danny

AOL

#43 Sep 15, 2008
I too was a student at the time of the crash. There was a report, I believe in the Orlando paper that stated that the plane was on fire as it came across downtown Orlando, as reported by a worker on top of the Angebilt hotel. There never was much info after that but Col Mc Coy surely saved a lot of lives as he rode that aircraft in to prevent crashing into 2 elem. schools.
howard

Champlain, NY

#44 Oct 8, 2008
As Clint Eastwood said," a man simply must know his limitations", in this situation a man must know the limitations of his plane. I've read this story before, and I come to the same conclusion I did the last time, Colonel McCoy had just been in a really hot RAF fighter jet where the pilot put the plane through its paces.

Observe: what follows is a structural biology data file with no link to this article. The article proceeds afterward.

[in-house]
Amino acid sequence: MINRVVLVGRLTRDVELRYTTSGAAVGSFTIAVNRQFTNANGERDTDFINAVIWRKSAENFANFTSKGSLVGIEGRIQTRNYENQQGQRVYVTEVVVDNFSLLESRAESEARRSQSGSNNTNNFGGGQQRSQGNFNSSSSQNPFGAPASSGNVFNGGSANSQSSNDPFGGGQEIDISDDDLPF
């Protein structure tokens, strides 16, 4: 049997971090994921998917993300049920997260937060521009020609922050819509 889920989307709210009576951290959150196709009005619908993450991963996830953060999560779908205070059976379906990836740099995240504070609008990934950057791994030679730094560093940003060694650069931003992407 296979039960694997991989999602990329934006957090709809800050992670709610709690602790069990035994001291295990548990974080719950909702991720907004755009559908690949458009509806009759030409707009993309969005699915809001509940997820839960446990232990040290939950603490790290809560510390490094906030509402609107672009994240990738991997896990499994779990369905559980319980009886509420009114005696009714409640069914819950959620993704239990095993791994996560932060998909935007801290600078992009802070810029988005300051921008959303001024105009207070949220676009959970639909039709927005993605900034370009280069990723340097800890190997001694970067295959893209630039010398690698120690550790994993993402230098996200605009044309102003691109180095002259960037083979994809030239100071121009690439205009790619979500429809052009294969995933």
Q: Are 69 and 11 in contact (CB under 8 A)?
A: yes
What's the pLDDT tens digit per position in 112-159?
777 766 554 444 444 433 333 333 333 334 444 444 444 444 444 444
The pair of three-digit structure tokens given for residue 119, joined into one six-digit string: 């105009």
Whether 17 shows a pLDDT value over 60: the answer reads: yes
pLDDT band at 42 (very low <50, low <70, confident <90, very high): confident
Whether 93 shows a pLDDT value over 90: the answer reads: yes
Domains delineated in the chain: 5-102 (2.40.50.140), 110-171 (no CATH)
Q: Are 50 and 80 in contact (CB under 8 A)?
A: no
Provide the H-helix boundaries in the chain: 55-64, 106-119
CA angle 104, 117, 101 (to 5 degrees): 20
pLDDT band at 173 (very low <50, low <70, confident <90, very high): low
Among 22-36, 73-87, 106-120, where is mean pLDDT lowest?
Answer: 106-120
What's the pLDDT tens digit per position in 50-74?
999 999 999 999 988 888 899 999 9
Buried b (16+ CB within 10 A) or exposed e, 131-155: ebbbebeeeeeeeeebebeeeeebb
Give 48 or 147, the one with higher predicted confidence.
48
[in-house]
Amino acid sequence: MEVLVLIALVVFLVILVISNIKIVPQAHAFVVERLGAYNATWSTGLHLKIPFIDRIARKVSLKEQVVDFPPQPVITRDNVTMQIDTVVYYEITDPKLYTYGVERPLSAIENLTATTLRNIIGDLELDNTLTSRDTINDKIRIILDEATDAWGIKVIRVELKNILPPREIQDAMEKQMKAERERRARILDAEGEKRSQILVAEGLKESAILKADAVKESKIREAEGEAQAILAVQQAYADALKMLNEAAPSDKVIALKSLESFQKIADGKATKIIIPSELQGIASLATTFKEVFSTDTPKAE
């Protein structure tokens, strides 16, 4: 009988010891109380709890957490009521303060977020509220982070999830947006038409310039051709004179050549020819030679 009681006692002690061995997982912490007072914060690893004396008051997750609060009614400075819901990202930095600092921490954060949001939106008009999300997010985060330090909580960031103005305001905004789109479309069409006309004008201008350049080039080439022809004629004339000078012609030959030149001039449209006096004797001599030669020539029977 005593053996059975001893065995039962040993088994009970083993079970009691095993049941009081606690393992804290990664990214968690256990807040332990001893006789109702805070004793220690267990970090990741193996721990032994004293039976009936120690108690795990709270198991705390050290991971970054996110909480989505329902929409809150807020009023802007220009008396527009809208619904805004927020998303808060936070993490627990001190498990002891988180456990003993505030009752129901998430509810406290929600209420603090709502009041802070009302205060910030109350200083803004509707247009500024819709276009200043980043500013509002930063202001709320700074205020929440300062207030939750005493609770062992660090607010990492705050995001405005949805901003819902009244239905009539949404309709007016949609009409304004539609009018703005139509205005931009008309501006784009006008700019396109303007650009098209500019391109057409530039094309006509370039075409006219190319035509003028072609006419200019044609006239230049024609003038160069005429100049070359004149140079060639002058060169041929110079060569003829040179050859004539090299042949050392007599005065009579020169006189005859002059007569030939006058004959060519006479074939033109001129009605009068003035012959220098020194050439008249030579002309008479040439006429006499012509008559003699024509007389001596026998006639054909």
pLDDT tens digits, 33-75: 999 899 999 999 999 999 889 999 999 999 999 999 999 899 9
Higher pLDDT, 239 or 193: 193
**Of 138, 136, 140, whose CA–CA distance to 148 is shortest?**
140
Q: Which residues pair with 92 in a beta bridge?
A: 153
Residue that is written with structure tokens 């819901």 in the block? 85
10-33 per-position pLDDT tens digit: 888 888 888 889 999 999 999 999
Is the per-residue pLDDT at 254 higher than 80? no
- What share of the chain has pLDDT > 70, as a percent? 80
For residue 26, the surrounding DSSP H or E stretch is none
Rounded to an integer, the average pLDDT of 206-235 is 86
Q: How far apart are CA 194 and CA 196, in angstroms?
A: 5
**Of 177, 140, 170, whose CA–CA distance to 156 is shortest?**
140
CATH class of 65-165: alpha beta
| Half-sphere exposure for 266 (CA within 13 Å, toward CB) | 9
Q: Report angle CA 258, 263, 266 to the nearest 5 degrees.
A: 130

I think when it came Mike's turn to reciprocate, he attempted to get more out of the plane than it could give.

Legends are made by people going a step beyond what they are capable of, in this situation the Colonel took the plane beyond what it was capable of.
MEGAN CAPDEVILLE

Gulf Shores, AL

#45 Jan 8, 2009
nice war stories people! i just turned 16 and just found out all this stuff about this mccoy pilot great-great grandfather stuff and i saw uncle michaels article! HI UNCLE MICHAEL!!! its megan! i read ur article! i wanted 2 talk 2 u about our family history because its interesting!:):):):)
Guess who

Las Vegas, NV

#46 Jan 17, 2009
How many dead ducks did they find? Maybe they should have a roast duck dinner in remembrance...
andy

Tyler, TX

#47 Feb 16, 2009
any information on a documented crash of a B-47 on april 10 1958. I called the fire department that responded to this and they confirmed the date but I can find NO reference to it any where on the net. The aircraft was refueling at the time in the western new york area.
John C Evans Tempe AZ

Phoenix, AZ

#48 Jun 9, 2009